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Training local journalists to cover women’s and children’s issues in Nepal

© UNICEF/2009/Joshi
Journalists from across Nepal attend the UNICEF/Nepal Press Institute training in the country’s Central Region.

By John Brittain 

KATHMANDU, Nepal, 27 July 2009 – Remote and unspoiled wildernesses abounds in this unquestionably beautiful country. But such beauty comes with a price: Some villages are at least a week’s walk from the nearest road, making it very difficult to get timely reports on conditions and developments in these areas.

UNICEF Nepal has been working to solve the problem of how to receive news – especially news about women’s and children’s issues – from remote regions on a regular basis. Its solution is taking shape in the form of a new initiative that was launched in June, in partnership with the Nepal Press Institute (NPI).

The initiative established a new network of journalists to cover remote areas, as well as some that are not so remote. Over 50 journalists from every region – most of them women – have taken part in a training programme designed to generate more reporting on women’s and children’s issues around the country. 

Focus on issues of concern
The journalists in the programme receive five days of training to develop the self-confidence needed to report on issues that concern them. The training is followed by eight months of support to help them publish their stories. 

“Today, 1 in 10 journalists in Nepal is a woman,” said NPI Director Chiranjivi Khanal. “There is a lot of fear about reporting, as the civil conflict is still fresh in people’s minds, and people are cautious about raising their voices too loud. This is why the focus of this particular training sparked such an interest.”

The UNICEF-supported training programme is intended to encourage journalists to report not only on issues already being covered by the mainstream media – such as politics, violence, crime and infrastructure – but also on issues that are of interest to the reporters themselves.

Women telling women’s stories
“The training has been a real eye-opener for me,” said newspaper reporter from the Bara district, Sonika Fauzdar. “I really thought that ‘news’ meant hard news, but now I perceive that there is a big gap between what I always read about in the media and what I would really like to read about.”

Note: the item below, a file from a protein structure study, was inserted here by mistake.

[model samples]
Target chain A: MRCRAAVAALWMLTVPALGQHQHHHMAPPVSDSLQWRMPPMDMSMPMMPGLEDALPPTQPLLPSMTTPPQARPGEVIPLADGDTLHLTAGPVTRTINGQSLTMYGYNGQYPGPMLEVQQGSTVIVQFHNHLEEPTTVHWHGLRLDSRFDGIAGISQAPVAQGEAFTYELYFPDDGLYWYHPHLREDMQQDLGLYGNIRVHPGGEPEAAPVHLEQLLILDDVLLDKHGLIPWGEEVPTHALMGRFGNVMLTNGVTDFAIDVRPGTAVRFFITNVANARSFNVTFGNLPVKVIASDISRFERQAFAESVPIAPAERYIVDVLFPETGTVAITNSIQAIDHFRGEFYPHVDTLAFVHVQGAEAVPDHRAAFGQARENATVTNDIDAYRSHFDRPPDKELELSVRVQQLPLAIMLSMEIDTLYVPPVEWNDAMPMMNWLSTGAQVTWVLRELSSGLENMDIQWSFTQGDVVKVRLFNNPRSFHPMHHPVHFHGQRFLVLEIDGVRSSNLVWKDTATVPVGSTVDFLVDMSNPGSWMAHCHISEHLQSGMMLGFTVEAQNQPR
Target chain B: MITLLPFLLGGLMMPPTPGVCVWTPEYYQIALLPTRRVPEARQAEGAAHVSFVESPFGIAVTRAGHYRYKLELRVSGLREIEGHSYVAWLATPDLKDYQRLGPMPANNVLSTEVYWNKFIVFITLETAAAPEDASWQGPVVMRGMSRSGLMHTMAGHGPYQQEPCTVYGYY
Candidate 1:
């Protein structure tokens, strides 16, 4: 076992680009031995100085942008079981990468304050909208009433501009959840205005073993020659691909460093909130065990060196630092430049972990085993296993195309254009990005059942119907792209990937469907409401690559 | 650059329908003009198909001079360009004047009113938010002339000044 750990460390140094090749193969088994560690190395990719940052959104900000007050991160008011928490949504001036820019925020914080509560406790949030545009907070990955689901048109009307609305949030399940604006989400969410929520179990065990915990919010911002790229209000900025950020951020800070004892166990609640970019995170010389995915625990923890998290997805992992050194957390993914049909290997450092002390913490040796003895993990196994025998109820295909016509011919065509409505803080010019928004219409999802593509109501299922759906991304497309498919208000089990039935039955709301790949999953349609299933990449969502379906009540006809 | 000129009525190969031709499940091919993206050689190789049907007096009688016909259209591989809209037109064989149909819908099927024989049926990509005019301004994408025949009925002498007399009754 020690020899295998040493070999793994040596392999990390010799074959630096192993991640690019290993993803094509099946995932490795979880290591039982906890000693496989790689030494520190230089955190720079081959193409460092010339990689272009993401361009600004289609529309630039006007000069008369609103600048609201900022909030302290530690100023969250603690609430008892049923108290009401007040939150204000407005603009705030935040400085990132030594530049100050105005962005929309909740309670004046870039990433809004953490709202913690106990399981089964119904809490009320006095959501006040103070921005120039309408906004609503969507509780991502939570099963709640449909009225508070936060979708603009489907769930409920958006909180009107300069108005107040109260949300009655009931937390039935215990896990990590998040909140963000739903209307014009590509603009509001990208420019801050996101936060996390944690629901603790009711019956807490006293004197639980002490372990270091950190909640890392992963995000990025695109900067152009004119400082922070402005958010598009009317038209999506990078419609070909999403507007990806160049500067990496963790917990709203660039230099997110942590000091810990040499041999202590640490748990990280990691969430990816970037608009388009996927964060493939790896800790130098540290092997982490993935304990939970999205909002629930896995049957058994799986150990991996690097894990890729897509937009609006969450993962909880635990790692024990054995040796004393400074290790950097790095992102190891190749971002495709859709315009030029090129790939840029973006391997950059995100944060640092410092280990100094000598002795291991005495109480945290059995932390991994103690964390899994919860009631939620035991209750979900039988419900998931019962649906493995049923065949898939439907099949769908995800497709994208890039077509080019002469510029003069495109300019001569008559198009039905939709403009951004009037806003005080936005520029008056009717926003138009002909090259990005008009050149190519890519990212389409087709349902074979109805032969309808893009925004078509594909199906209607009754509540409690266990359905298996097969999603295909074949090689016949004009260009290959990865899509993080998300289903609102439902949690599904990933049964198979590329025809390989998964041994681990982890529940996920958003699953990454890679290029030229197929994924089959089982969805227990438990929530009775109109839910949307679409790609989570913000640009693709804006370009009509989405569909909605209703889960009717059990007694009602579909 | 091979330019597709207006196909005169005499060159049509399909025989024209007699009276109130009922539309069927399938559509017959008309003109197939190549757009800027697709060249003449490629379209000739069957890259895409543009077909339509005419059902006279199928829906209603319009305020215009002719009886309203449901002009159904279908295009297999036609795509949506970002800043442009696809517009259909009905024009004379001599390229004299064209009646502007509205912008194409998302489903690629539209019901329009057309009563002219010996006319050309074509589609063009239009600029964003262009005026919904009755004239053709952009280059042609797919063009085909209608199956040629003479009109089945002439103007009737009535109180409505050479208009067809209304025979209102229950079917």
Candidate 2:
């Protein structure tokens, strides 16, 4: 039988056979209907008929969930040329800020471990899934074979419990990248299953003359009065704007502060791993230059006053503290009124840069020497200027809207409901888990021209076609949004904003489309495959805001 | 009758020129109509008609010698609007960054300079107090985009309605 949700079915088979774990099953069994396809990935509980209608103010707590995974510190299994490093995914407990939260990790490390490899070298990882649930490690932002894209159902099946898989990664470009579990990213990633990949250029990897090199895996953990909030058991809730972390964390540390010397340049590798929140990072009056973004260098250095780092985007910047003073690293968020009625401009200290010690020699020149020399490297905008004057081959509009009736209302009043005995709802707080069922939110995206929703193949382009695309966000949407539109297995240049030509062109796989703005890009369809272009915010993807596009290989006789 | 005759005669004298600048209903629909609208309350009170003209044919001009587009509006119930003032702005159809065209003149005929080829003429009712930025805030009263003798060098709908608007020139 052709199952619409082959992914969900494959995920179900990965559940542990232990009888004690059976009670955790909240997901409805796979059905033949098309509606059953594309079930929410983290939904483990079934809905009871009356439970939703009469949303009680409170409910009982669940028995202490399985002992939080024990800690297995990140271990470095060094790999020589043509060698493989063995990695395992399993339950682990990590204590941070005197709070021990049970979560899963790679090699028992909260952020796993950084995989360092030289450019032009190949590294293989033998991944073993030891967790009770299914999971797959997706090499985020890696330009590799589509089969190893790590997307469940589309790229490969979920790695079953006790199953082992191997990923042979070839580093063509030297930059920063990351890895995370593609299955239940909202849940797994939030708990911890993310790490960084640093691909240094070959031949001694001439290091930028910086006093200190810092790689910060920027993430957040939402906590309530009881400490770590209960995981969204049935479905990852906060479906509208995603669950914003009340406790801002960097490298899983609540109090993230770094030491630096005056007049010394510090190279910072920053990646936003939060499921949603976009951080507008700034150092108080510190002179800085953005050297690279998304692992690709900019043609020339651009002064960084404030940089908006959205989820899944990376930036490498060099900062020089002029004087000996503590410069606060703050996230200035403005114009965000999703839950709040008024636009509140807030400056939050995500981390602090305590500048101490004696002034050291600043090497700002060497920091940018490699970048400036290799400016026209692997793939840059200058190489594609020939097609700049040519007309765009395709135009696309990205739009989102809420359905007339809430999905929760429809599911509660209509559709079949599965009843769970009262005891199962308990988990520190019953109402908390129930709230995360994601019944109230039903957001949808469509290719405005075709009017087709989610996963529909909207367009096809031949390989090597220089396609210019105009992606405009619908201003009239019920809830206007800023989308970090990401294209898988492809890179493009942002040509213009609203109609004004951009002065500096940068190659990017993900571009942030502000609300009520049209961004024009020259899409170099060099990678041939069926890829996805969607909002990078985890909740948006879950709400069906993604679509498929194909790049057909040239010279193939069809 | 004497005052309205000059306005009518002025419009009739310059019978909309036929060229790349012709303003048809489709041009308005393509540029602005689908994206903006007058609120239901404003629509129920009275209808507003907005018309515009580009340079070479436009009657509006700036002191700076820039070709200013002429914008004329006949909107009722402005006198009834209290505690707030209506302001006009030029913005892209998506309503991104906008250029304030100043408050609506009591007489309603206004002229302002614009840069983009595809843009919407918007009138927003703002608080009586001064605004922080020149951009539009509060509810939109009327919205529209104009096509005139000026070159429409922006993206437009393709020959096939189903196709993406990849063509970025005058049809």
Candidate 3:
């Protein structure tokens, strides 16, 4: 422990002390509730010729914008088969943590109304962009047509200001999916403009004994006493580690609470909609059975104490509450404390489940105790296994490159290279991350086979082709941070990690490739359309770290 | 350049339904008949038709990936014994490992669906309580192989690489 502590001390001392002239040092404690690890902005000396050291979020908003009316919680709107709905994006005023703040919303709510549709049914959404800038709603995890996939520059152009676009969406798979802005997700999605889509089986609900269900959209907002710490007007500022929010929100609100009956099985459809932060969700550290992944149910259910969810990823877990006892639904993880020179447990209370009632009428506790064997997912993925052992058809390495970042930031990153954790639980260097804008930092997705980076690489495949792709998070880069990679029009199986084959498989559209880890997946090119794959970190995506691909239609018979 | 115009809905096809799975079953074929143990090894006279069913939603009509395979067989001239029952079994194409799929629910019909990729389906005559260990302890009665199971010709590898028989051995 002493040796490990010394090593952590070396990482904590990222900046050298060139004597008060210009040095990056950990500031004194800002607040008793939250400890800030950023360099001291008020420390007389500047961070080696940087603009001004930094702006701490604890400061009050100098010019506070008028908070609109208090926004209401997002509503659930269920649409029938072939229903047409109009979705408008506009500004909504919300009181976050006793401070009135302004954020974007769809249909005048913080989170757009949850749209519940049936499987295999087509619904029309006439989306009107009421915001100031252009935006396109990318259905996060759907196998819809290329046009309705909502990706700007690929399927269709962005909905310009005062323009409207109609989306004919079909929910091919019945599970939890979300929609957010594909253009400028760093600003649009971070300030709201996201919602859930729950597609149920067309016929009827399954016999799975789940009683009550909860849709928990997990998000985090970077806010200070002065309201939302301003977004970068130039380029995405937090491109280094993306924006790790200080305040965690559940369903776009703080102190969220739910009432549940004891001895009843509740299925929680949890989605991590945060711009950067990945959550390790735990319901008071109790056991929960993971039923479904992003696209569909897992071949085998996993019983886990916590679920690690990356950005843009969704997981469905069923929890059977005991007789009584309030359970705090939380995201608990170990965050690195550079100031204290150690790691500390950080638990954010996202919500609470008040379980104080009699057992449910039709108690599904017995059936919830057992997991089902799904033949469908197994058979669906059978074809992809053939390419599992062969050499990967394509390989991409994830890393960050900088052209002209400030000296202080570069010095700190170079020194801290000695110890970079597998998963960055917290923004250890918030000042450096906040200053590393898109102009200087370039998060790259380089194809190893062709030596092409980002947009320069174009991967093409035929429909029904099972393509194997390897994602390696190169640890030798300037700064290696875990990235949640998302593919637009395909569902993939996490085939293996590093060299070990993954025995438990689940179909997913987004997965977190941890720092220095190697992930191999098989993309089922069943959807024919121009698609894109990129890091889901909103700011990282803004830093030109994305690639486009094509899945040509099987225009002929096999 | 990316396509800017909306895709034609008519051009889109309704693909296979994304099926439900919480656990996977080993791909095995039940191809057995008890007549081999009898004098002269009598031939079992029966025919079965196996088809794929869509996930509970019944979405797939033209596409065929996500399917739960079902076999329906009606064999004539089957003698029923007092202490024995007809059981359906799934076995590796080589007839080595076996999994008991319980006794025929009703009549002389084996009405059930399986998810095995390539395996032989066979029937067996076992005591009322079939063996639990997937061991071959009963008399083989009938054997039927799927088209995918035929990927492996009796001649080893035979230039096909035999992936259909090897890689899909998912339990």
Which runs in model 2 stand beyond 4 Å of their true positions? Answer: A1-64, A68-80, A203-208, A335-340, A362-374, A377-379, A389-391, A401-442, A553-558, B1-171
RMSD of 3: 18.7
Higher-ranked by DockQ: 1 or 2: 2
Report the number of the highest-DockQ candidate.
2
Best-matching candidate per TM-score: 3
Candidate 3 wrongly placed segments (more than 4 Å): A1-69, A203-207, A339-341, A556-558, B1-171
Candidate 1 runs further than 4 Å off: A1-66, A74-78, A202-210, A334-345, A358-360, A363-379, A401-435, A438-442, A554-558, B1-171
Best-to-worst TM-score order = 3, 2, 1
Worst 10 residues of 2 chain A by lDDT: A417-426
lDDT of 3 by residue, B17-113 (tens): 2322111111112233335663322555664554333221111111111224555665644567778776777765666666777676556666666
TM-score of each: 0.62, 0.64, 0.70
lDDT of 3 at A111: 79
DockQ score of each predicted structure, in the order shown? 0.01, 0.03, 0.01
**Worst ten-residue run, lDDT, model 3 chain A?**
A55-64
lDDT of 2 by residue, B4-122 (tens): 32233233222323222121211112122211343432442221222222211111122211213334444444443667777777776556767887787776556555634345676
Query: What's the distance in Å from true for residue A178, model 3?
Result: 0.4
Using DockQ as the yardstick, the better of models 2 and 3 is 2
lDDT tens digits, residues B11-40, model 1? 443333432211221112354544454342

“Anyone can write hard news, but now I feel I can write good features on sensitive and important issues [affecting] women and children,” said Sagarmatha TV correspondent Samundra Poudel.

“And not only as an abstract concept, but I can report on real women and children I know,” she added.

Child-friendly content
NPI and its affiliate, the Regional Media Resource Centre, are advising the journalists on the content and editing of their stories, while also helping to ensure that the pieces are distributed in the local and national media. As an incentive, NPI will pay the journalists for every story that they successfully publish or broadcast. 

“I am now very interested to see if we can create a niche market for reporting about women,” said Radio Chitwan News Chief Mohan Bashyal.

“We believe that within the next eight months or so, the local media might be ready to accept and expect their products,” said Mr. Khanal. “If so, we will have created a demand for woman’s voices telling women’s stories in Nepal over the available media outlets.”

Already, child-friendly stories are starting to be published around the country. From distant Humla, high in the western Himalayas, down to Biratnagar,100 metres above sea level in the far east, the voices of women are telling stories that transcend vast differences in geography, politics and ethnicity across Nepal.



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